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2022 Marcus Velázquez Service Award

Meg Hefner has been named the recipient of the 2022 Marcus Velázquez Service Award!

Meg Hefner is a genetic counselor with more than 35 years of experience with CHARGE syndrome. She co-founded the CHARGE Syndrome Foundation in 1993 and has been a member of the Missouri Deaf-Blind Advisory Board since 2005. Meg is one of the editors of the book CHARGE Syndrome; the first edition was released in 2010 and the second edition in 2021. n the forward Foreword to the 2021 edition, Dr. Daniel Choo writes that Meg is a “world-renowned expert on CHARGE.”.

The Marcus Velázquez Service Award is presented by the Deaf-Blind Advisory Committee to an individual or organization that has made a significant contribution to improving the quality of life for individuals with deaf-blindness and their families in the state of Missouri.

Born in 1970, Marcus Velázquez was deaf and had a degenerative eye disease, retinitis pigmentosa that would eventually leave him severely blind — both conditions are a part of a disorder called Usher’s Syndrome. He also had autism and Tourette’s Syndrome. All of this never stopped him. He wanted to do all the things everyone else did. So, he learned to swim, went to church and even tried to drive the family car (thankfully, no one was hurt). Among his other solo adventures: Riding Chicago’s EL Train and taking a bus in Mexico to a mall where he could get a McDonald’s “hamburguesa” (burger). He moved through the world with his cane in hand and a fanny pack fastened to his waist, filled with the essentials for adventure and independence: His ID, money and a reporter-sized notebook and pen to communicate with the non-deaf world. He preferred to express his thoughts through tactile sign language.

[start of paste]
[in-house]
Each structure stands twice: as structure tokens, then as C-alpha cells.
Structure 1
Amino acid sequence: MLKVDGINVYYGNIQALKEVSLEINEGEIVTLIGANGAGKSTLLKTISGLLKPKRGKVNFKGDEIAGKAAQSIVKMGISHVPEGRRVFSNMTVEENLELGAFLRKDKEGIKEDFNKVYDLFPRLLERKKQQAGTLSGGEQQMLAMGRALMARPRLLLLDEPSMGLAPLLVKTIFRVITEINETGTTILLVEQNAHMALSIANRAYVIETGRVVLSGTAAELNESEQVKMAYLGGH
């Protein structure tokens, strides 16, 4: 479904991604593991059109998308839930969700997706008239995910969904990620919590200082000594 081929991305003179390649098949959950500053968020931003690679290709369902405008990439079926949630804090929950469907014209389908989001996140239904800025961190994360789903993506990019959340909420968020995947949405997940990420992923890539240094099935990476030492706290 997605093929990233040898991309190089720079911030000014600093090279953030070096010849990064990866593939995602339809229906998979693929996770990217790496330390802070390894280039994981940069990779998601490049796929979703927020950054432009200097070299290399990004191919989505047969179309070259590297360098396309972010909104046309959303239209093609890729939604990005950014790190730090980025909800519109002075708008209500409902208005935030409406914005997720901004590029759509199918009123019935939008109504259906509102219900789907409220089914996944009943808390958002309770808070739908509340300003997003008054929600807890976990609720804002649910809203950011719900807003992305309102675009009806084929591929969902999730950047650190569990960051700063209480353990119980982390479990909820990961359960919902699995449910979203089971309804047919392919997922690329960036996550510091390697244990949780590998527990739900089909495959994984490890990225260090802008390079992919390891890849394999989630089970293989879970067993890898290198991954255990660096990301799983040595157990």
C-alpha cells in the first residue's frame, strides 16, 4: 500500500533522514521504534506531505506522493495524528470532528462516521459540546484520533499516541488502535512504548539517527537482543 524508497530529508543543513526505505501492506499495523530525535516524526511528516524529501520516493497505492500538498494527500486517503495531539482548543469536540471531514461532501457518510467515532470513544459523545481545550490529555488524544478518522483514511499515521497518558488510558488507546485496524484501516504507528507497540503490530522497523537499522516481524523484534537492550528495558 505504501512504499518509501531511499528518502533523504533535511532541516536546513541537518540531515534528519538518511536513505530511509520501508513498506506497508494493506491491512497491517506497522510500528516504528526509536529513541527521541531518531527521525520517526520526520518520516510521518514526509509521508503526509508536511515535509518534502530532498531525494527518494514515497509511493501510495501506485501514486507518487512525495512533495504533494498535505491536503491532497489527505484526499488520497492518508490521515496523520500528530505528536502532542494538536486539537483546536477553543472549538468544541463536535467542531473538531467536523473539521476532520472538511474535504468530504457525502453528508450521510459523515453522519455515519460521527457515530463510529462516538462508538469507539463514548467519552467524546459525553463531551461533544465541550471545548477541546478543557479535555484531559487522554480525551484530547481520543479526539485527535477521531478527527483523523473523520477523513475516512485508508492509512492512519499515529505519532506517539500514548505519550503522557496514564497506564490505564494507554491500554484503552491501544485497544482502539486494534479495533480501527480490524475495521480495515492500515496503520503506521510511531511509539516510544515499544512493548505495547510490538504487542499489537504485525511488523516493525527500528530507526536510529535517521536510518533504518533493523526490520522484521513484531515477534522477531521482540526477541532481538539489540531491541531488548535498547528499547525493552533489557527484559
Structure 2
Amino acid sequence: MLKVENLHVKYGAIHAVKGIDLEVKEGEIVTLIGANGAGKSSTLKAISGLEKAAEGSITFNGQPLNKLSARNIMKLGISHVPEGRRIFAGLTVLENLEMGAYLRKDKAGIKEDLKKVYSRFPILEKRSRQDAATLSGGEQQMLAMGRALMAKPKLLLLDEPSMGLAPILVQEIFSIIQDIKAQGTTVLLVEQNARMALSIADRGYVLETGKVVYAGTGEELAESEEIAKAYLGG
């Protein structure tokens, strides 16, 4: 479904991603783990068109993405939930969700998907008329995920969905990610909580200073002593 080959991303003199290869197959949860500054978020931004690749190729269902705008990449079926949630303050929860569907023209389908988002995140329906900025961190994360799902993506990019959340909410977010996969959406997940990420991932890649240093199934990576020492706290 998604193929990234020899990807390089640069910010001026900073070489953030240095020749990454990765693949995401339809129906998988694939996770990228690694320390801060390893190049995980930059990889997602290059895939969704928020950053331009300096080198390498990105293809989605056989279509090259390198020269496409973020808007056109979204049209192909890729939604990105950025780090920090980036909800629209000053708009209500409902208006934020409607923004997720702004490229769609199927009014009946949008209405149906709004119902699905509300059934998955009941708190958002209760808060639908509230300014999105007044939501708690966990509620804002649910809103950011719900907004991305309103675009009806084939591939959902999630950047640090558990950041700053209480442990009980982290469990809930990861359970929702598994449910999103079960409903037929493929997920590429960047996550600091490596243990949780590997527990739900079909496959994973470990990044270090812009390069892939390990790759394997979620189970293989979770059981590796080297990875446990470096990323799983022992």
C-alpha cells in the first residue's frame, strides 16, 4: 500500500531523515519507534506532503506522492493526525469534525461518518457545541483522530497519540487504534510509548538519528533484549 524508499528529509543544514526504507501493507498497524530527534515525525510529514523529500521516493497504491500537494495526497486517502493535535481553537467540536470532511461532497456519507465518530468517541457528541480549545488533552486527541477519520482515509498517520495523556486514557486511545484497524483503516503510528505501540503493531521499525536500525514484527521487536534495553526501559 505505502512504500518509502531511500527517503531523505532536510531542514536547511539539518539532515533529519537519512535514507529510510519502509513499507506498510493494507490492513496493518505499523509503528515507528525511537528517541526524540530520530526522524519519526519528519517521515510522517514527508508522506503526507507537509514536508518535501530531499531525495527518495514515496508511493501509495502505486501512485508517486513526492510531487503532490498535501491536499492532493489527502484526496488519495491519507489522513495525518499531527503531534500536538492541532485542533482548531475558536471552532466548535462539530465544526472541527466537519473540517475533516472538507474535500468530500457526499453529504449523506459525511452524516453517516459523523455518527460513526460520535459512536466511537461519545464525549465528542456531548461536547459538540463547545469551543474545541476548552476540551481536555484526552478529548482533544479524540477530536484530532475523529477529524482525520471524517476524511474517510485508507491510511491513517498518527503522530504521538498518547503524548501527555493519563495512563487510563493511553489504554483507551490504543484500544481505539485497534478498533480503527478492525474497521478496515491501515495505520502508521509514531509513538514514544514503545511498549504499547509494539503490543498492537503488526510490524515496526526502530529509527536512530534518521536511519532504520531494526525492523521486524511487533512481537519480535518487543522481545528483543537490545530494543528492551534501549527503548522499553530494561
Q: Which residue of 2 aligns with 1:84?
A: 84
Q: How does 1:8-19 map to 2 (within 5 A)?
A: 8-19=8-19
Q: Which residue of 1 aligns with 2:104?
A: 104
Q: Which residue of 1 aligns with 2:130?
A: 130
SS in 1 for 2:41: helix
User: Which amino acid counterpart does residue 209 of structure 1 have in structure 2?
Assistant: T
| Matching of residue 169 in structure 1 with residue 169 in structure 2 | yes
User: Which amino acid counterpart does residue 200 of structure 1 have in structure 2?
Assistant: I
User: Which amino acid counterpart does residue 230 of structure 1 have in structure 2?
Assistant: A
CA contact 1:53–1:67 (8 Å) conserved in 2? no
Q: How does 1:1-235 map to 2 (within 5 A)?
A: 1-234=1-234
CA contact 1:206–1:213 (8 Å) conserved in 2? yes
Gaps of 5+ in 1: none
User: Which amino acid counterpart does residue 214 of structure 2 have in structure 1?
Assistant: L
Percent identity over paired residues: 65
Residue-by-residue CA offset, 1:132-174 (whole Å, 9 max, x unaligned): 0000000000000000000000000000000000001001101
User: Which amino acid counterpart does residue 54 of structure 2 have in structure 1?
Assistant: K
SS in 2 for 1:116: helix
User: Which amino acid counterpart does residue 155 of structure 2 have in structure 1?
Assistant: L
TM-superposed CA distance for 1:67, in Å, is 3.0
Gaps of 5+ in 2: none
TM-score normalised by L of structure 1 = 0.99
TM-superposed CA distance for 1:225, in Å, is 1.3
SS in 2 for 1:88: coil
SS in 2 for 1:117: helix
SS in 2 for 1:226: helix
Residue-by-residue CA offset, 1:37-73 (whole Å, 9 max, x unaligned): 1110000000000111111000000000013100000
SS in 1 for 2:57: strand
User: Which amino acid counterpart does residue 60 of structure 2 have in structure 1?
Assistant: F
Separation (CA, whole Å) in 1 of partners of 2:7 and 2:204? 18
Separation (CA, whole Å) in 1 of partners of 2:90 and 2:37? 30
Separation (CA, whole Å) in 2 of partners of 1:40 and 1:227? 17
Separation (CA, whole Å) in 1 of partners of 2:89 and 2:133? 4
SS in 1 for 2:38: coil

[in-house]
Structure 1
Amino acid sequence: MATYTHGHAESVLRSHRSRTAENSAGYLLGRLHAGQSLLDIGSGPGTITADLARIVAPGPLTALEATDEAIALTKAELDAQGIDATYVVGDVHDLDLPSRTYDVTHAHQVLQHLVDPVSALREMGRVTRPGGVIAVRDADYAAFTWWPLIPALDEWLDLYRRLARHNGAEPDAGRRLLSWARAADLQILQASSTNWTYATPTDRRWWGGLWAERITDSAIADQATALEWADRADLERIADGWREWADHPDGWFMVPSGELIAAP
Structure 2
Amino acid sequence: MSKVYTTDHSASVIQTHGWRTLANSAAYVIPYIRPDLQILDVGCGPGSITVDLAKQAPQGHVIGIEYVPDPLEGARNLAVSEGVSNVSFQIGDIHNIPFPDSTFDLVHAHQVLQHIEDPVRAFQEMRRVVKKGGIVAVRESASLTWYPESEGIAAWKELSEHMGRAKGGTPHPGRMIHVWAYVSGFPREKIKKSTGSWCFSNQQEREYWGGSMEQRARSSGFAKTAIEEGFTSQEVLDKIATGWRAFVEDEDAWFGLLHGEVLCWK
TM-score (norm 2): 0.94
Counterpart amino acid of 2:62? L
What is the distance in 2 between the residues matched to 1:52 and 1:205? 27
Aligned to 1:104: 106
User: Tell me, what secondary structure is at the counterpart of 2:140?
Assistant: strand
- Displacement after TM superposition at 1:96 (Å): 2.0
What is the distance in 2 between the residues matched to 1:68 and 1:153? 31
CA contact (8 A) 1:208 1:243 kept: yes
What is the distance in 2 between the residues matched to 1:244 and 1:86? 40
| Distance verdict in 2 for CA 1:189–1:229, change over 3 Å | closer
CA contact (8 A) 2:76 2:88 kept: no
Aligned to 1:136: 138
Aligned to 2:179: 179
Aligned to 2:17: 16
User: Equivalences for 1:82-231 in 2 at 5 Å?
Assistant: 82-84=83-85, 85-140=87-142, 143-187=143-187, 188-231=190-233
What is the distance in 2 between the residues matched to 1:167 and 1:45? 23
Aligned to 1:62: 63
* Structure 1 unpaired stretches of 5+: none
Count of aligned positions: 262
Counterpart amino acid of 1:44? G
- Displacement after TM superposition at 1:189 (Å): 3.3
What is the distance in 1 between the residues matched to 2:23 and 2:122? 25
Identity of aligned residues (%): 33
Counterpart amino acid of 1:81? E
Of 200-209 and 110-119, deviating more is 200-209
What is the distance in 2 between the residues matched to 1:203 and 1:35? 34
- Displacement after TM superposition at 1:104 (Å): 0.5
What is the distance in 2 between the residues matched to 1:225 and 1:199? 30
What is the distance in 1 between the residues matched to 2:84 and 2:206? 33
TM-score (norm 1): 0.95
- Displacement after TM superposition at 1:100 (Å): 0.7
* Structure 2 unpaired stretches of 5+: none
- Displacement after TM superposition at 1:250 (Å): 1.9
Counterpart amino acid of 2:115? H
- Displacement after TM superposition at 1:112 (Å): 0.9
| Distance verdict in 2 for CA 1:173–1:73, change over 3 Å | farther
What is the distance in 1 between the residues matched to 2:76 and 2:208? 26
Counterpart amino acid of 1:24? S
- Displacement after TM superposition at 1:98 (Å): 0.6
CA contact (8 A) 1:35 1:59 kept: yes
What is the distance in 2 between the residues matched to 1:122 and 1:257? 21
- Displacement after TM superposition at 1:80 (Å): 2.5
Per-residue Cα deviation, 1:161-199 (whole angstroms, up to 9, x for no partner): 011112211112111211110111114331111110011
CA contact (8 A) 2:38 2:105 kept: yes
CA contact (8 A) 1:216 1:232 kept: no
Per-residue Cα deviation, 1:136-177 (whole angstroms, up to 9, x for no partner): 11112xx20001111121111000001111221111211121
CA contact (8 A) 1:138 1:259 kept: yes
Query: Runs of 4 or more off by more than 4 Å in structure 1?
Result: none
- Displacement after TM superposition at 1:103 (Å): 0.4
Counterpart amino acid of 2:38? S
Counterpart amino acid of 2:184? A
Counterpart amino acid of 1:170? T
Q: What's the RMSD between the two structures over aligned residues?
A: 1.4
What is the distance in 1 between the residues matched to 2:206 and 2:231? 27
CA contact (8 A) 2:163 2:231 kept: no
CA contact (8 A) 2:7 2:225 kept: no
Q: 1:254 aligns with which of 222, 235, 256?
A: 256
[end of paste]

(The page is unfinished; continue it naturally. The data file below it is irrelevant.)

Marcus learned many of these life skills during the two years he spent learning at Helen Keller National Center (HKNC) in Sands Point, New York. He went to HKNC after graduating from Missouri School for the Blind, an institution where his teachers nurtured his desire for knowledge and independence. His education and growth was made possible through the efforts of the Missouri DeafBlind Task Force, his family, and countless advocates who believed in Marcus. Upon his return from HKNC, Marcus lived and worked independently in St. Louis. At 26, Marcus learned he had cancer. He died two months later, on July 4, 1997.